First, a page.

Sound sleepers might miss early morning displays of the northern lights, but if you have a dog that wakes you up at night or find yourself awake, with luck you might just catch one of the glories of the north. Look anytime the sky is dark.
Clear skies the past week have provided some spectacular aurora viewing. About 2:30 a.m. Tuesday I happened to be up and looked north for the chance of northern lights. That’s the first trick of catching the aurora: look north toward the horizon. If you see a greenish glow, keep watching. The northern lights might flare up into dynamic bands of light. Here are some tips for photographing the aurora with a digital camera:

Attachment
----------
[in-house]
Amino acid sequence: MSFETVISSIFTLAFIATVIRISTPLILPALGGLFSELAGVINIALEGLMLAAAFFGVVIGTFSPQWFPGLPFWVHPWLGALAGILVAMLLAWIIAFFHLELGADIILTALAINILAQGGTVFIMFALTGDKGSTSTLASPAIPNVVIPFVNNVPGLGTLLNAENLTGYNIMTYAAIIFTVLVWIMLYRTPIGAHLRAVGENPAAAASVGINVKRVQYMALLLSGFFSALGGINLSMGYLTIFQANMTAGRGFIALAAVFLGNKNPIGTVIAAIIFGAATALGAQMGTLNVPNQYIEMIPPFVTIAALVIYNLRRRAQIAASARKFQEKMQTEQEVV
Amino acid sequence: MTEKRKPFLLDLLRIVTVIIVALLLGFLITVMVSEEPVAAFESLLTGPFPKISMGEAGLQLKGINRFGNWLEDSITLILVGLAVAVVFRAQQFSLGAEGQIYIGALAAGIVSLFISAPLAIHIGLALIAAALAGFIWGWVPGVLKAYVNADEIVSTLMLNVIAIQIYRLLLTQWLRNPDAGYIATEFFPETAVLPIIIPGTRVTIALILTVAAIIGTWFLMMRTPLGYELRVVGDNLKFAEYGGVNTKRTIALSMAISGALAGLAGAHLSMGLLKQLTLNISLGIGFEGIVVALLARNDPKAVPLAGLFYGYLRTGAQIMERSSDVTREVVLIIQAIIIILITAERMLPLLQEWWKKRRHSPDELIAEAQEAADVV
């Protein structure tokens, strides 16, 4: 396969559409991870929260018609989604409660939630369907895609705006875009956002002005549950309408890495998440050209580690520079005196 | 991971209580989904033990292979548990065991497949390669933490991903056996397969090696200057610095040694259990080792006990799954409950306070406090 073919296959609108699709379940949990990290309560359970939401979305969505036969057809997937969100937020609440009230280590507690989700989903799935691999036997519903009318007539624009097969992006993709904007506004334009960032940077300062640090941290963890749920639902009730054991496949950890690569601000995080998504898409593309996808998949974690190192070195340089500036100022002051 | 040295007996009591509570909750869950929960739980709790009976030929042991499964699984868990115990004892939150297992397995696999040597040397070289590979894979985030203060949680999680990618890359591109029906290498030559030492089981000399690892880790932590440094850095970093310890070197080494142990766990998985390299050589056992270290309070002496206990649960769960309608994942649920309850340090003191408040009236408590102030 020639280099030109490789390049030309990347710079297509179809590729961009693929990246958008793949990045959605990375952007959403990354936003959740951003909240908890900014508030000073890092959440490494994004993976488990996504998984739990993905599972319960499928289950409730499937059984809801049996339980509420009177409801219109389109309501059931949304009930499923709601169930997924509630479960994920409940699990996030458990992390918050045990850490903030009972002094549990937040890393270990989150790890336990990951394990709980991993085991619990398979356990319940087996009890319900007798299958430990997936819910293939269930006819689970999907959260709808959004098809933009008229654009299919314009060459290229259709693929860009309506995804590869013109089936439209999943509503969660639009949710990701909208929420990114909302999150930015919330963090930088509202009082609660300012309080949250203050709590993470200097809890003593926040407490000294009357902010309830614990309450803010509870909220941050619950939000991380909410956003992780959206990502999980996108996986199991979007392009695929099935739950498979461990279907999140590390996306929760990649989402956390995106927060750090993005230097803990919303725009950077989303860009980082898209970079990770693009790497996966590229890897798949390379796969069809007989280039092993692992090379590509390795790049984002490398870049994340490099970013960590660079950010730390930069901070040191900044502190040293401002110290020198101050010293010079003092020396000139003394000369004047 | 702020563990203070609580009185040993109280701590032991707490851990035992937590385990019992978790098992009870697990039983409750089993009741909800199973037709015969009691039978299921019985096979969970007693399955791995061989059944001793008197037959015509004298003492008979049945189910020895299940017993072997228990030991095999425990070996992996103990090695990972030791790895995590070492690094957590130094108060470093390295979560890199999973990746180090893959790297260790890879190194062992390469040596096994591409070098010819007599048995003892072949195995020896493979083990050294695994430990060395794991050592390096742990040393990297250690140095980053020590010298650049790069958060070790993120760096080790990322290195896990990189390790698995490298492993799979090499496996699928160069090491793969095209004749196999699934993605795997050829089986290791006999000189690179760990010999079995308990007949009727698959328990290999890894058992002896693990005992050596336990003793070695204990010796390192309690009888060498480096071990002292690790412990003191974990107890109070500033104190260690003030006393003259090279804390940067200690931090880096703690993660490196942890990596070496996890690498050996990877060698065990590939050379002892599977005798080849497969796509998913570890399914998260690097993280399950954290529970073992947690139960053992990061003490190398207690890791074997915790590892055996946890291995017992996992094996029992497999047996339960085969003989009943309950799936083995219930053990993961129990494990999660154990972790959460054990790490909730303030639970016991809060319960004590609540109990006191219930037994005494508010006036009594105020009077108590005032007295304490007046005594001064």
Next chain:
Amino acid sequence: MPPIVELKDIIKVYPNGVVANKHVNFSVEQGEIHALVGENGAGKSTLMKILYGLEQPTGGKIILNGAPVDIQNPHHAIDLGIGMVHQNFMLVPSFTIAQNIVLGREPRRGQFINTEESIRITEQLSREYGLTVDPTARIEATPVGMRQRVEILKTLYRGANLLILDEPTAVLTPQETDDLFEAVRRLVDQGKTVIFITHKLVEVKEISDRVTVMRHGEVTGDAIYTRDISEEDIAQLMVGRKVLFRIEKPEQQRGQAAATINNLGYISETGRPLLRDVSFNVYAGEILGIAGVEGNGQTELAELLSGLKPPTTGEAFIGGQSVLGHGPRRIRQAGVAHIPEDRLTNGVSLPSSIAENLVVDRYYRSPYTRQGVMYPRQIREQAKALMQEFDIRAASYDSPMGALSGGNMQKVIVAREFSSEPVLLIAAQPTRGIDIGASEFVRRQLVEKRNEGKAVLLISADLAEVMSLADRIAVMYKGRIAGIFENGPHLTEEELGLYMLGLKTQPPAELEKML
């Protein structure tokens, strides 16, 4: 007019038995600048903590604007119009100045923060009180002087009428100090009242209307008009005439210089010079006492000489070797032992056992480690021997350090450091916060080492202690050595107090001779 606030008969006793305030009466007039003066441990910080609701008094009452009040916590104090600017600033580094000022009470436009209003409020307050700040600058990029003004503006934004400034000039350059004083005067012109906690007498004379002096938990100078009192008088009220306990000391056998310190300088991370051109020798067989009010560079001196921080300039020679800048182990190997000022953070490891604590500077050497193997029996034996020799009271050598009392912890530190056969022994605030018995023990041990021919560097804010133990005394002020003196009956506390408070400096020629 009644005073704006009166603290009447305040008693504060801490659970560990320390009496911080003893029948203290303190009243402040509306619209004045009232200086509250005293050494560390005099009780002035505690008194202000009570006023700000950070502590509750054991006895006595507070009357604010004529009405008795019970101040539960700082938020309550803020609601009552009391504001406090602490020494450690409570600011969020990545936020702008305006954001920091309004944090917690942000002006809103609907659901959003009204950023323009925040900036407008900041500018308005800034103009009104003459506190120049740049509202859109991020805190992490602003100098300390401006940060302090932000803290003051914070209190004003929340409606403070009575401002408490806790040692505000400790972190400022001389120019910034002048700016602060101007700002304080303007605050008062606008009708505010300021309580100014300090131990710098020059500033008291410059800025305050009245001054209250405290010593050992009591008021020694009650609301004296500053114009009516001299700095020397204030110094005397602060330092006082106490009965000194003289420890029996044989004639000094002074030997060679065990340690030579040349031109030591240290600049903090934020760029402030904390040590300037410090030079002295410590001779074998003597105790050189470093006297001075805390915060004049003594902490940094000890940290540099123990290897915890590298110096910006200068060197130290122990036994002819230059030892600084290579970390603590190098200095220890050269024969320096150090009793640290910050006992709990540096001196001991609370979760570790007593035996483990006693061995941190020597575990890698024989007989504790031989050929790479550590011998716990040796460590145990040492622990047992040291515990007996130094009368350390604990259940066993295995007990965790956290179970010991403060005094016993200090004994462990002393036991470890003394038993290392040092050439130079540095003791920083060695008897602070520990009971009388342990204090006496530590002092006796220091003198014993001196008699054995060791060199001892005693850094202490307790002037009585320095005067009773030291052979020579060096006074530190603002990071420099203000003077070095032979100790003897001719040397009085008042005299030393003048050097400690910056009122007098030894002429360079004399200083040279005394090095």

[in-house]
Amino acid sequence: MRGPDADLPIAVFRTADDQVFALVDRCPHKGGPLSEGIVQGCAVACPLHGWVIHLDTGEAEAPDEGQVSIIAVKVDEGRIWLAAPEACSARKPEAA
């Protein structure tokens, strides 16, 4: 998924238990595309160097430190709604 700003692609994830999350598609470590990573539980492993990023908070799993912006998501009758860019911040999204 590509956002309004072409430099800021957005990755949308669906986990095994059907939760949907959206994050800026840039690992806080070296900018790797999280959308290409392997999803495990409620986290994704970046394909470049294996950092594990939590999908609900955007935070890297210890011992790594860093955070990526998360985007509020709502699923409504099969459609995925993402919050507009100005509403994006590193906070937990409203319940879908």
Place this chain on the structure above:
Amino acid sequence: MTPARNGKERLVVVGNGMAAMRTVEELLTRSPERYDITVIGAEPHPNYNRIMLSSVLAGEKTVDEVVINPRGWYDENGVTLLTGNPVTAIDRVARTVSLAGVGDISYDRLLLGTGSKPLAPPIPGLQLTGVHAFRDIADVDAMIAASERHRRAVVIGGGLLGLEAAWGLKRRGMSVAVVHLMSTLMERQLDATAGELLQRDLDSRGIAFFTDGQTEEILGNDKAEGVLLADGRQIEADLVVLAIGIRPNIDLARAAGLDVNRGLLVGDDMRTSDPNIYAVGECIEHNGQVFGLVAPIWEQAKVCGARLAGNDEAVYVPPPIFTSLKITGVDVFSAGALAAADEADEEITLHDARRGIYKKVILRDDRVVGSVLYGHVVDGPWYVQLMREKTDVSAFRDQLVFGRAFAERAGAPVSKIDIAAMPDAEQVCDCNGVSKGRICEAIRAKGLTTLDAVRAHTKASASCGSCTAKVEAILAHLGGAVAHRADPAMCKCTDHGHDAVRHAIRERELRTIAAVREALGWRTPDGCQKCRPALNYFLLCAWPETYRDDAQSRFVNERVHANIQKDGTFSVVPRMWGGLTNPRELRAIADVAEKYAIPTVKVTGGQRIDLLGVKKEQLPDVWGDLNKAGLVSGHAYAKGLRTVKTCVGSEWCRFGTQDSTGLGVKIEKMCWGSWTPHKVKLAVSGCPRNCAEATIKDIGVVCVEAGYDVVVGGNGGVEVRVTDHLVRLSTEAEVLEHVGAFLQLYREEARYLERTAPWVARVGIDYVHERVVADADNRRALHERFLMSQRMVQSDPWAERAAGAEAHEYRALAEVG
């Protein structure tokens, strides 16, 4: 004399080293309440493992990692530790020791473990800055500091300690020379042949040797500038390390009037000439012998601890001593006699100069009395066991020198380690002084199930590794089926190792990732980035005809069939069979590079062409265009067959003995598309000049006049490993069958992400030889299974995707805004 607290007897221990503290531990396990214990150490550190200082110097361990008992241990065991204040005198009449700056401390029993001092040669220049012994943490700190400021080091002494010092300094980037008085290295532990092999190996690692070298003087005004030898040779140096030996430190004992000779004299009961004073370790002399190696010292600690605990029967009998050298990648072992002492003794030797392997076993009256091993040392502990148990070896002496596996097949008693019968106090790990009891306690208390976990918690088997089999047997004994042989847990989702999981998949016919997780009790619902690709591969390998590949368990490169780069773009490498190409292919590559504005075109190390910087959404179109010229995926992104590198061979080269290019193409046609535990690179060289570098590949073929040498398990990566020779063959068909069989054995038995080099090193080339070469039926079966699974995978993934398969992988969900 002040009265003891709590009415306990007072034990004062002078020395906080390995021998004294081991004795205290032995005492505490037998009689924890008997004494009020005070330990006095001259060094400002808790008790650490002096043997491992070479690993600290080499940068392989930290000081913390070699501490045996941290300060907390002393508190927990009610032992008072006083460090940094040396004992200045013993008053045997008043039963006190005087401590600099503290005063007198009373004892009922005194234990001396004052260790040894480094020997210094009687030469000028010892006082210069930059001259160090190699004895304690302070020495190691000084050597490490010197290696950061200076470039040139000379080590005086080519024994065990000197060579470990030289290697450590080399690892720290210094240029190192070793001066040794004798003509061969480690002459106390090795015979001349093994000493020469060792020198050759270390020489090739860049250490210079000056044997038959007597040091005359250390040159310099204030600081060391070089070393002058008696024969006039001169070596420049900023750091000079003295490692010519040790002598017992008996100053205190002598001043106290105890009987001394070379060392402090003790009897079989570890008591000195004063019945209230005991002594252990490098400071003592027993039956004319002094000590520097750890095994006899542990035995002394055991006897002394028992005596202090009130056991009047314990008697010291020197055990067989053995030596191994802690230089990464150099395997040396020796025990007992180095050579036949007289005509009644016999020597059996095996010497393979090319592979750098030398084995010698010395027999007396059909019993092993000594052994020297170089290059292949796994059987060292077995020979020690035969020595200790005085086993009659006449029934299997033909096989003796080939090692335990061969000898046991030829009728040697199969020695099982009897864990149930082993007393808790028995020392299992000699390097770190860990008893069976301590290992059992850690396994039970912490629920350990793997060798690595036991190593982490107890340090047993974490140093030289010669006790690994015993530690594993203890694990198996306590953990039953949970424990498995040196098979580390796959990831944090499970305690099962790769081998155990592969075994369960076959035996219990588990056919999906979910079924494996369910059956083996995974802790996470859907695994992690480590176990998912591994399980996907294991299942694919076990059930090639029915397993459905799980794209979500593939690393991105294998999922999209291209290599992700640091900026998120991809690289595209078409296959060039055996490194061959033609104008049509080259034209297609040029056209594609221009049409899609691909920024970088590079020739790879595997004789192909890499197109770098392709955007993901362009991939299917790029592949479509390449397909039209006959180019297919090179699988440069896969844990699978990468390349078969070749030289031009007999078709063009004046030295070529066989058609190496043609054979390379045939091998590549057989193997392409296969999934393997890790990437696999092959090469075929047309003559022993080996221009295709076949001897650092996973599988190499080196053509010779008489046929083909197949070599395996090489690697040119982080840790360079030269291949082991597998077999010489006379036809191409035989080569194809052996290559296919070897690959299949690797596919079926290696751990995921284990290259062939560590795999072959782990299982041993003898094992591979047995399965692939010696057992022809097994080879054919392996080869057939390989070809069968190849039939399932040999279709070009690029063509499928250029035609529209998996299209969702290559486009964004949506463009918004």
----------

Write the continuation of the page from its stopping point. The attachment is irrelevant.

• Use a tripod.
• Set the focus on manual. Focus on infinity and then dial back a hair. If there’s a streelight you can focus on, use that.
• Use the “bulb” shutter speed and hold the shutter open for from 3 to 10 seconds. Experiment.
• At long exposures, the ISO doesn’t have to be high, about 1600.
According to the University of Alaska Fairbanks Geophysical Institute, the aurora forecast is poor for Homer through Oct. 15, but strong on Oct. 16 and 17. For updates, visit http://www.gi.alaska.edu/AuroraForecast/Alaska.